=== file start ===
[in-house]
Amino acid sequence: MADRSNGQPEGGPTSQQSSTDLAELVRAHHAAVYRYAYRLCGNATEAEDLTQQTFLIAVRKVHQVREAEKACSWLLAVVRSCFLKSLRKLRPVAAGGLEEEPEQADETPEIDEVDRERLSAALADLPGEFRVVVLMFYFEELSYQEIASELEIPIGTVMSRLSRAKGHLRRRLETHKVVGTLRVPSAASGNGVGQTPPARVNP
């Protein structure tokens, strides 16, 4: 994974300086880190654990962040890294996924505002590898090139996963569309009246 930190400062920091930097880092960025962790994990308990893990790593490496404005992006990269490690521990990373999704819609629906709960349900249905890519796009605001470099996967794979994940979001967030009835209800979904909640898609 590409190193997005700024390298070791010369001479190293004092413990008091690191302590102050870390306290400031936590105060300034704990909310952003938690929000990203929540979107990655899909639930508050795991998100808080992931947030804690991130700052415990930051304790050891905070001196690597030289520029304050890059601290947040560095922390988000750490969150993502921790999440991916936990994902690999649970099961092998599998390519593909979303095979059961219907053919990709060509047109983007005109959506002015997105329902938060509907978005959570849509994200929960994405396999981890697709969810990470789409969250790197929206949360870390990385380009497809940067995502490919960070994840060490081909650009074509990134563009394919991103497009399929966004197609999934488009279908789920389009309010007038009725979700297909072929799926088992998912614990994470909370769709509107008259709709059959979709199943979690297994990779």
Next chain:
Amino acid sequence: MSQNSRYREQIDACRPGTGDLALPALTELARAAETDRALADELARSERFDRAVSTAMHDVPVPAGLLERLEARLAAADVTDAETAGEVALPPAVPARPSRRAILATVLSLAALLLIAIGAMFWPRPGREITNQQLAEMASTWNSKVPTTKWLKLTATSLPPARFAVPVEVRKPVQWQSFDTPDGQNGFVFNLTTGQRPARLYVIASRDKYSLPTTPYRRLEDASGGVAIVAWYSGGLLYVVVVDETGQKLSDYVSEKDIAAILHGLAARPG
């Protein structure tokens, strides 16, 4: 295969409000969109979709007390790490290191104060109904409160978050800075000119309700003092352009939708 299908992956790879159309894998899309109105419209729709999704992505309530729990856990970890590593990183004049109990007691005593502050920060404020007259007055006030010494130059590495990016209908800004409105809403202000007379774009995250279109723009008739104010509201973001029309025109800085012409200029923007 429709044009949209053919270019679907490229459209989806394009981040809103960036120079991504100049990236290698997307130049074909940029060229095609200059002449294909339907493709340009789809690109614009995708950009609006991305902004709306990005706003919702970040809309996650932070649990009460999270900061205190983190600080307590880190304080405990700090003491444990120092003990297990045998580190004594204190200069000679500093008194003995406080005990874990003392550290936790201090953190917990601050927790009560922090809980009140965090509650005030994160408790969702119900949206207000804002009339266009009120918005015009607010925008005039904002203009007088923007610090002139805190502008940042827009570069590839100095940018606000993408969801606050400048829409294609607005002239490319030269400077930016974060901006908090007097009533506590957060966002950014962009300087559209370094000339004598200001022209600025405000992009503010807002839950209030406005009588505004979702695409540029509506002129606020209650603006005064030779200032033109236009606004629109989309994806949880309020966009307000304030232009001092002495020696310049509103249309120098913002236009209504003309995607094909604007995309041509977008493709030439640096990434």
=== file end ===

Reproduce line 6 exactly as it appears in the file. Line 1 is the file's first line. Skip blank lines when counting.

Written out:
């Protein structure tokens, strides 16, 4: 295969409000969109979709007390790490290191104060109904409160978050800075000119309700003092352009939708 299908992956790879159309894998899309109105419209729709999704992505309530729990856990970890590593990183004049109990007691005593502050920060404020007259007055006030010494130059590495990016209908800004409105809403202000007379774009995250279109723009008739104010509201973001029309025109800085012409200029923007 429709044009949209053919270019679907490229459209989806394009981040809103960036120079991504100049990236290698997307130049074909940029060229095609200059002449294909339907493709340009789809690109614009995708950009609006991305902004709306990005706003919702970040809309996650932070649990009460999270900061205190983190600080307590880190304080405990700090003491444990120092003990297990045998580190004594204190200069000679500093008194003995406080005990874990003392550290936790201090953190917990601050927790009560922090809980009140965090509650005030994160408790969702119900949206207000804002009339266009009120918005015009607010925008005039904002203009007088923007610090002139805190502008940042827009570069590839100095940018606000993408969801606050400048829409294609607005002239490319030269400077930016974060901006908090007097009533506590957060966002950014962009300087559209370094000339004598200001022209600025405000992009503010807002839950209030406005009588505004979702695409540029509506002129606020209650603006005064030779200032033109236009606004629109989309994806949880309020966009307000304030232009001092002495020696310049509103249309120098913002236009209504003309995607094909604007995309041509977008493709030439640096990434």